The earth opened its mouth and swallowed them and their households and all the people who were with Korach, and their entire wealth. They and all that was theirs descended alive to the pit; the earth covered them over and they were lost from among the congregation. (Bamidbar 16:32-33)
“Korach took” an awful risk by challenging Moshe’s authority. In the end he lost everything. He was deluded by his own biases and blind ambition and able to convince many a clever neighbor of his opinions. He openly mocked Moshe, claiming that an entirely blue garment would not need a blue thread, implying that that there is no real need for leadership since the entire nation is already holy. With his brilliantly crafted rhetorical devices he held sway and demonstrated the genius of his way. The Talmud declares boldly, “Truth remains! Falsehood does not remain!” Korach’s premise was false. Moshe was no author! He was rather more like a compatible printer. He only recorded only what was dictated to him by HASHEM and without the slightest deviation. Moshe was like a clear window that selflessly allows the light of the sun to shine through it. Korach had projected the color and stain of his own personal agenda and political aspirations on Moshe when actually everything he accused Moshe of, was more true about himself.
Korach’s name is for all time synonymous with those, who in every generation have caused themselves and many others to break away from being a part of Jewish Nation because they cherished their own pompous opinions above all, while reveling in finding what may seem like faults in the Torah, written and oral, and its scholarly class. Inevitably history bears out how wrong the accusing party is while the veracity of the accused is vindicated over and over again.
In Malachim I, Chapter 7, Verse 23 there is a fairly detailed account of something called the “Yam Shel Shlomo”. It states there, “He made the ” sea” of cast (metal) ten cubits from its one lip to its other lip, circular all around , five cubits its height; a thirty cubit line could circle it all around.” When I was a kid they used to have in the doctor’s office a magazine for children called “Highlights”! One of my favorite sections consisted of a picture with multiple mistakes camouflaged and woven into the scene. The title challenged the reader with the nagging question, “What’s wrong with this picture!”
We can ask here too about this vessel constructed by King Solomon the wisest of all men, “What’s wrong with this picture?” Maybe the answer is too obvious and needs to be spelled out clearly.
Any high school student with a rudimentary knowledge of geometry knows how to figure the circumference of a circle. Rashi on the verse spells out the proportion as stated in the Tractate Eruvin and Sukkah that for every 1 in the diameter the circumference of the circle is 3 times that. You and I both know that this is not entirely true. It is a verifiable law of math and a principle in building that when the diameter is multiplied by Pi- 3.1415… (An irrational number) that the yield is the truth length of the circumference. In the vessel made by King Solomon the mistake is ten times larger and that becomes already a significant discrepancy. How do we understand that the wisest man, as recorded in our holy books, presumably written with prophecy, could be so openly and glaringly mistaken? It’s enough to shatter one’s faith, G-d forbid, in the scriptures and/or wake-up a “baby Korach within”! How can this credibility gap be cured? Here are three approaches.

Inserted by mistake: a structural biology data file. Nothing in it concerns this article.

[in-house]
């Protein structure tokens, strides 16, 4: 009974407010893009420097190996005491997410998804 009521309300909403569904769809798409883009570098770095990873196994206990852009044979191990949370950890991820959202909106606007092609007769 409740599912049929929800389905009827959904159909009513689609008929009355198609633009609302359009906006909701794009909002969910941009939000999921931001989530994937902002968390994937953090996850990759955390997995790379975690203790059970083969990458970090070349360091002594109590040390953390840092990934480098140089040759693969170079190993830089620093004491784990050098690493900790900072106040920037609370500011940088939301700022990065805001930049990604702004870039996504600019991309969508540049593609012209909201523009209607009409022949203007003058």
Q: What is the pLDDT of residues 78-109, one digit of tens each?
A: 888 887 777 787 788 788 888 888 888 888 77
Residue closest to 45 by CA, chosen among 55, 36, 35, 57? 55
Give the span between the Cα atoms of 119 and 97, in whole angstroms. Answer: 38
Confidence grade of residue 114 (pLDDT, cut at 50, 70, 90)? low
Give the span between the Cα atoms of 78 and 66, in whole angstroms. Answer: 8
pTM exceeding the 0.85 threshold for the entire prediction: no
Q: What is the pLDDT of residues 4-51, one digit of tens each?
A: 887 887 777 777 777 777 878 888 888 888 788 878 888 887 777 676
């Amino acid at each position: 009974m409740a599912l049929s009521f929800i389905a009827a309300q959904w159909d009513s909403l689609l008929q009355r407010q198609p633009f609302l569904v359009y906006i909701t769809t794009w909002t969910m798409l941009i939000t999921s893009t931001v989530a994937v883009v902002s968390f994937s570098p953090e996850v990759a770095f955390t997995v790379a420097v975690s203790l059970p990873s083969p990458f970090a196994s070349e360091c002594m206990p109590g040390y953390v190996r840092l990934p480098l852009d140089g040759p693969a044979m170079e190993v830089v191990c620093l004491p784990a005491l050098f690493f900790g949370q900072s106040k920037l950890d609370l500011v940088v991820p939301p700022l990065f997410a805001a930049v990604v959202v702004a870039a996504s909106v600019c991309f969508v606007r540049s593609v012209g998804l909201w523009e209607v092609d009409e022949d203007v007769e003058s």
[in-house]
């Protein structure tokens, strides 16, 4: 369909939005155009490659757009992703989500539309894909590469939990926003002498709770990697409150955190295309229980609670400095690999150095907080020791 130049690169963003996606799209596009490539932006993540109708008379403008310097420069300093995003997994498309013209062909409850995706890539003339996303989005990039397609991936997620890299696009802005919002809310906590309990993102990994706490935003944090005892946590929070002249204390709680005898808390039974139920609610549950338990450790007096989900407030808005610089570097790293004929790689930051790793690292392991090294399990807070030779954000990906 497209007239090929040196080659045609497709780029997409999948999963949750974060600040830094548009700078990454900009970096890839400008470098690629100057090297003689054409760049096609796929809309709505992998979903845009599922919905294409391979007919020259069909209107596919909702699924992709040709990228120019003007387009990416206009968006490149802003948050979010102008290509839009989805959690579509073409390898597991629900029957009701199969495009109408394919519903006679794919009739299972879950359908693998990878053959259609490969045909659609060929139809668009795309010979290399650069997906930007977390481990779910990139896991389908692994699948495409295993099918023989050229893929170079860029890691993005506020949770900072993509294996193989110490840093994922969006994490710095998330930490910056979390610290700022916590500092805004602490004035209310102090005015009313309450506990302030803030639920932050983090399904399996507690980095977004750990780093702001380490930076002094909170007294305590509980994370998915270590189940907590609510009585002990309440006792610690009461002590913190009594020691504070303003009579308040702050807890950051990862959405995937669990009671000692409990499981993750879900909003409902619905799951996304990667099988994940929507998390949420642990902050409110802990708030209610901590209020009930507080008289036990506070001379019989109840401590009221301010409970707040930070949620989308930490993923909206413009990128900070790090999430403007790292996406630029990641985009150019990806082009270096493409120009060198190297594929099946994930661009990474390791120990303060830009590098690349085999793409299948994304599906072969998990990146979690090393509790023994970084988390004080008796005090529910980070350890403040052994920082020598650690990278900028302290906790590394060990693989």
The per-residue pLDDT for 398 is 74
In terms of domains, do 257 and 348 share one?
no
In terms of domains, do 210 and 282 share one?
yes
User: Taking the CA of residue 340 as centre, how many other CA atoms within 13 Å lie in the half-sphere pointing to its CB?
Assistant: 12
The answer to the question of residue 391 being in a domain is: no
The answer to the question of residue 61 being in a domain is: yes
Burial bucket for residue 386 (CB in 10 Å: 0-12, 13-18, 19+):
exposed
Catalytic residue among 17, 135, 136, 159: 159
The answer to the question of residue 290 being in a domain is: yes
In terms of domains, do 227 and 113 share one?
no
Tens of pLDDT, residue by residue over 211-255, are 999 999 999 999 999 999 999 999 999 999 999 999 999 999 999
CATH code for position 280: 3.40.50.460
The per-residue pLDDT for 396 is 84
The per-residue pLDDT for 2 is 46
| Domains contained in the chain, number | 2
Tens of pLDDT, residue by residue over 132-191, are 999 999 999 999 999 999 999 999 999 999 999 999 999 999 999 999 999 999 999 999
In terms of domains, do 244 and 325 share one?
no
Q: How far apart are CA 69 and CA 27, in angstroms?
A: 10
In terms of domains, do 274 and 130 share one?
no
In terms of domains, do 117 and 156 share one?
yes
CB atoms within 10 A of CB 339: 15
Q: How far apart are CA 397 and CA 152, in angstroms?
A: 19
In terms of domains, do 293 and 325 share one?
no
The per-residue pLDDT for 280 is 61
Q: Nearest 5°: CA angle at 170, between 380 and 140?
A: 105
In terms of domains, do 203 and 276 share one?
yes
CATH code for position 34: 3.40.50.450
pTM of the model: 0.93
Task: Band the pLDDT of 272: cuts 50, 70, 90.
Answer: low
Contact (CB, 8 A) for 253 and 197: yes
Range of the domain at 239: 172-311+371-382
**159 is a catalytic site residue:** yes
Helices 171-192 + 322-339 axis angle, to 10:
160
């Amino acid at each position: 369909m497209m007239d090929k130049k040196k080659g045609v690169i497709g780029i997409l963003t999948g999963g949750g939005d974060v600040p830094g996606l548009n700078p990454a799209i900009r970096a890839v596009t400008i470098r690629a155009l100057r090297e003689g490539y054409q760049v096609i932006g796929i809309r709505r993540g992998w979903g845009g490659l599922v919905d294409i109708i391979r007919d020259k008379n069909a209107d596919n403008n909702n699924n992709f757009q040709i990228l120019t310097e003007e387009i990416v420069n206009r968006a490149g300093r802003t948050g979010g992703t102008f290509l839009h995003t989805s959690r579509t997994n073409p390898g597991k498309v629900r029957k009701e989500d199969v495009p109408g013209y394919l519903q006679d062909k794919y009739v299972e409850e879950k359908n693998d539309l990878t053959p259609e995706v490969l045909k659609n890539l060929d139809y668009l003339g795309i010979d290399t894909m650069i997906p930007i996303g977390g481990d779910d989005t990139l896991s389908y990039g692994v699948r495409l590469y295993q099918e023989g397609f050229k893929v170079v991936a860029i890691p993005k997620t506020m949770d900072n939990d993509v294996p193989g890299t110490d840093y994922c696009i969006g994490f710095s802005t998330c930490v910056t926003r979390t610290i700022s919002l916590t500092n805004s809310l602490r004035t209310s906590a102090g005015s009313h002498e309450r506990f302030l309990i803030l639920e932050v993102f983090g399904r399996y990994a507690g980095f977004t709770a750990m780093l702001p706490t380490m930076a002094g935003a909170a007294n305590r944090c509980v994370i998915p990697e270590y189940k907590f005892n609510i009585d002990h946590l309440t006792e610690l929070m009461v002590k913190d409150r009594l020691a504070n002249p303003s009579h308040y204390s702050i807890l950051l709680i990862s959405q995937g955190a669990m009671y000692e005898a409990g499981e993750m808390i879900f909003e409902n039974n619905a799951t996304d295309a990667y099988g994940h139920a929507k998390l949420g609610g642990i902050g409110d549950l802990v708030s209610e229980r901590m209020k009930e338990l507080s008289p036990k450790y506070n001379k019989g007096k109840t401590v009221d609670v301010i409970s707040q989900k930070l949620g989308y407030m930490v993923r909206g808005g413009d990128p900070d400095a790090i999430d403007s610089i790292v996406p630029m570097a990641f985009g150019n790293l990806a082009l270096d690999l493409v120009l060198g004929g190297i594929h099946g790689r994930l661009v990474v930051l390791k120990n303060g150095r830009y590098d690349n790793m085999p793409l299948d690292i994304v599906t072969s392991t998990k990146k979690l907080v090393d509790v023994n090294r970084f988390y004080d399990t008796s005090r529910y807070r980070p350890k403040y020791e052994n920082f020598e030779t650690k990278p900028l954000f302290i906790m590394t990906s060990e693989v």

- 1. The Torah is not a geometry book or an engineering manual. Rather it speaks approximately when listing the general proportion of the diameter and the circumference as being 1 to 3! Nice!
2. The Ralbag explains that even if the diameter is 10 from edge to edge, the circumference can still be 30 if the inner part of the circle is measured, as opposed to the outer dimension of the rim (depending on the thickness of the vessel’s metal). A little better!
3. The word in the verse for circumference is written “Kava” -Kuf, Vuv, Hey, yet our tradition is to pronounce it “Kav”- Kuf, Vav. Who knows why this word has that built- in discrepancy between the way it is written and the way it is read. The Vilna Gaon with genius discerns that the numerical value of the way it is written is 111 while the value of the way it is pronounced is 106. If you divide 111 by 106 you get a number slightly larger than “one” to be precise 1.04717. When that value of “one” is multiplied by 3 the result remarkably is 3.1415 which is Pi carried out to the 10,000 column -namely the forth place.. WOW!!
Korach was so brazen to open his mouth against Moshe that he was swallowed up by the earth’s “mouth”- that’s “Pi”in Hebrew! DvarTorah, Copyright © 2007 by Rabbi Label Lam and Torah.org.